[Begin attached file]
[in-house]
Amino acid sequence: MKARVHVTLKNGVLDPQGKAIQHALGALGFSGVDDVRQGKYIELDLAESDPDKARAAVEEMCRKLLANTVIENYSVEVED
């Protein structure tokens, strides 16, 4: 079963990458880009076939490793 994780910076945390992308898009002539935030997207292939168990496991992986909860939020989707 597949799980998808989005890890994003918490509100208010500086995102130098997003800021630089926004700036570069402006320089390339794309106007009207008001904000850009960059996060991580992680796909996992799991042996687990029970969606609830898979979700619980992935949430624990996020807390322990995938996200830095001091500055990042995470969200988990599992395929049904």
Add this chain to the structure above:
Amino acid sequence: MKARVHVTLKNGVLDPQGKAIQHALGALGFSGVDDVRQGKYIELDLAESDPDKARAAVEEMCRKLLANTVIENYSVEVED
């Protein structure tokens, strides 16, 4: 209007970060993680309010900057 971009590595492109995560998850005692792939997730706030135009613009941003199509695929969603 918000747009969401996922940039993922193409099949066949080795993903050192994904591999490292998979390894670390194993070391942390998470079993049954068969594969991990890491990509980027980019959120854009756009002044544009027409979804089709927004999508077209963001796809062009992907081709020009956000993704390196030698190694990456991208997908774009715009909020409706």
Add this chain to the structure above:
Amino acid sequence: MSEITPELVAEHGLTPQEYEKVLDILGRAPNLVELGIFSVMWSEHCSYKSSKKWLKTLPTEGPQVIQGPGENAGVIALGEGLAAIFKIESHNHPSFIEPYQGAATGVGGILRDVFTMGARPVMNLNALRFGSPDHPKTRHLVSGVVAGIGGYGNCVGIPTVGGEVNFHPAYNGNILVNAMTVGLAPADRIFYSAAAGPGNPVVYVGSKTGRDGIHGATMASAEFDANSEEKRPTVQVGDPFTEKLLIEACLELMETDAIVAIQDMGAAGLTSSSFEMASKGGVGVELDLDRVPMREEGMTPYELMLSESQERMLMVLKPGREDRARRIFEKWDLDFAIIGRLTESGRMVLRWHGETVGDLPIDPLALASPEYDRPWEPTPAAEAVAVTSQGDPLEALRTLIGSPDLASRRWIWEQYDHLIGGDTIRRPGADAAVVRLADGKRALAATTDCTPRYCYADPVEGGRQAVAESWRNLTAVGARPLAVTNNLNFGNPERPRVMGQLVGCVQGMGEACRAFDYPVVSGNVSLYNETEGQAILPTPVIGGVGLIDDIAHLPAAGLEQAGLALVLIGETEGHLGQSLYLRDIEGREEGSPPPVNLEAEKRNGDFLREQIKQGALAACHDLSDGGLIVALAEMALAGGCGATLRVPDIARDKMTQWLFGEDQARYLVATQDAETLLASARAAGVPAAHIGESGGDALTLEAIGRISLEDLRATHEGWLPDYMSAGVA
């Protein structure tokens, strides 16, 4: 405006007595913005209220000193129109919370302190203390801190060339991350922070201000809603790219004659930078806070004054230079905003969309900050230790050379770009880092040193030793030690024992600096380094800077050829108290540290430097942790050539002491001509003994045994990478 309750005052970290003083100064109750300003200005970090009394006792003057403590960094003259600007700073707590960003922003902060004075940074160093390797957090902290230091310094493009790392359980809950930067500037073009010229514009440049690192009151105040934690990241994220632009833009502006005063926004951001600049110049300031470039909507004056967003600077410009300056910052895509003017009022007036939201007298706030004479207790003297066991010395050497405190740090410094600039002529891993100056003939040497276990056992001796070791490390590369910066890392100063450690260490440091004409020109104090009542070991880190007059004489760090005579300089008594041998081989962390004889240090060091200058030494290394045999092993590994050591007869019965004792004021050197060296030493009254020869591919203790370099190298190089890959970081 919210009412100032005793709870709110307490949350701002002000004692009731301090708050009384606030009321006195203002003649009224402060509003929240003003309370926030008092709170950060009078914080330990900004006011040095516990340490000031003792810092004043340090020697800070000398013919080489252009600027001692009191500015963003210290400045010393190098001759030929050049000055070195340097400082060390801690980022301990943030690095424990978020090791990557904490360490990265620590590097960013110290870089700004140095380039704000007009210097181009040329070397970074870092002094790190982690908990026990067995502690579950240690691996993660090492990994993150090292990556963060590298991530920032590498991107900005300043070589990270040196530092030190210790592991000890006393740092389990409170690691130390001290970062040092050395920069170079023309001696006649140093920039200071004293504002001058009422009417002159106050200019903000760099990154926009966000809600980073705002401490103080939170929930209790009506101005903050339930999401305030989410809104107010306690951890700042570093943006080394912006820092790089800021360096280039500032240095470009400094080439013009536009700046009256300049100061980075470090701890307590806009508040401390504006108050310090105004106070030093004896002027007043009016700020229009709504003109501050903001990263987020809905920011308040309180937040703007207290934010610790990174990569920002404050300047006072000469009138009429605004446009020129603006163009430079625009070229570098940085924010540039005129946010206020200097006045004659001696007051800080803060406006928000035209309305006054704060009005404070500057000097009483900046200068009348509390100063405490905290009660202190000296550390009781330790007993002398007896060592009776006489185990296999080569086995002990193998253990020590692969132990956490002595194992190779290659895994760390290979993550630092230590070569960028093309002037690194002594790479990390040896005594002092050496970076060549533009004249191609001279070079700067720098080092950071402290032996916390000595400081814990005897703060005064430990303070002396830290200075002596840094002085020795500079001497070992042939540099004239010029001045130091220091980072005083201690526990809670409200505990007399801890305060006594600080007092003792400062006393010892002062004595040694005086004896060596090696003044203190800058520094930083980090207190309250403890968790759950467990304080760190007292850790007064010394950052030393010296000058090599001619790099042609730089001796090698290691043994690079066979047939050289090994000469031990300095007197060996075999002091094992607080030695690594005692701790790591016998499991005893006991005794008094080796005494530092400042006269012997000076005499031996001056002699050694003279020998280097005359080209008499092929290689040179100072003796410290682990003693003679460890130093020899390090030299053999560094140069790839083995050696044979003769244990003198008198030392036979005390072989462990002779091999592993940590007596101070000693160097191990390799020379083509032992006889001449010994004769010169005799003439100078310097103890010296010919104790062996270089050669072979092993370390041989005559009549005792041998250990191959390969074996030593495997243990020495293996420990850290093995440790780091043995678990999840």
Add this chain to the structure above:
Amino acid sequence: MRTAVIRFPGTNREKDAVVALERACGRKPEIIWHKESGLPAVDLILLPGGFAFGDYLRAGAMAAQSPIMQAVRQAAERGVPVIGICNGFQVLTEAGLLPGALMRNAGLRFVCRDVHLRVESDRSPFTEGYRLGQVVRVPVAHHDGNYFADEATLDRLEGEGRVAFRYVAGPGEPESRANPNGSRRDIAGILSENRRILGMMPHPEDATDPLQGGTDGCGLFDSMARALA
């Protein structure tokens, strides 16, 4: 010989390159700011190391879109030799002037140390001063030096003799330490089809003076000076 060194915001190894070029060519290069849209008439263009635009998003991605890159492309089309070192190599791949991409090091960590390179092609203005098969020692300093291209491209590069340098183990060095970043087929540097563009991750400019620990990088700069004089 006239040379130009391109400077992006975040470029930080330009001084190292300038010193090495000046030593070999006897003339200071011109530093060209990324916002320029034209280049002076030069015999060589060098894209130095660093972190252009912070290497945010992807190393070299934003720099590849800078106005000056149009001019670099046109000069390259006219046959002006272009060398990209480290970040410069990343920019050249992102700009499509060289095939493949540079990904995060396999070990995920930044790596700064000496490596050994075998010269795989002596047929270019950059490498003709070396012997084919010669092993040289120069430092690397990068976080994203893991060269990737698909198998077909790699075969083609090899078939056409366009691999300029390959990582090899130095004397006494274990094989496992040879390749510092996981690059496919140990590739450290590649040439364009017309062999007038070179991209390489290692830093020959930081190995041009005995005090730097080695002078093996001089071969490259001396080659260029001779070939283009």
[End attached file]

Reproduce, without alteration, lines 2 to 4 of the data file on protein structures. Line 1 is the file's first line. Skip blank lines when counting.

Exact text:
Amino acid sequence: MKARVHVTLKNGVLDPQGKAIQHALGALGFSGVDDVRQGKYIELDLAESDPDKARAAVEEMCRKLLANTVIENYSVEVED
């Protein structure tokens, strides 16, 4: 079963990458880009076939490793 994780910076945390992308898009002539935030997207292939168990496991992986909860939020989707 597949799980998808989005890890994003918490509100208010500086995102130098997003800021630089926004700036570069402006320089390339794309106007009207008001904000850009960059996060991580992680796909996992799991042996687990029970969606609830898979979700619980992935949430624990996020807390322990995938996200830095001091500055990042995470969200988990599992395929049904």
Add this chain to the structure above: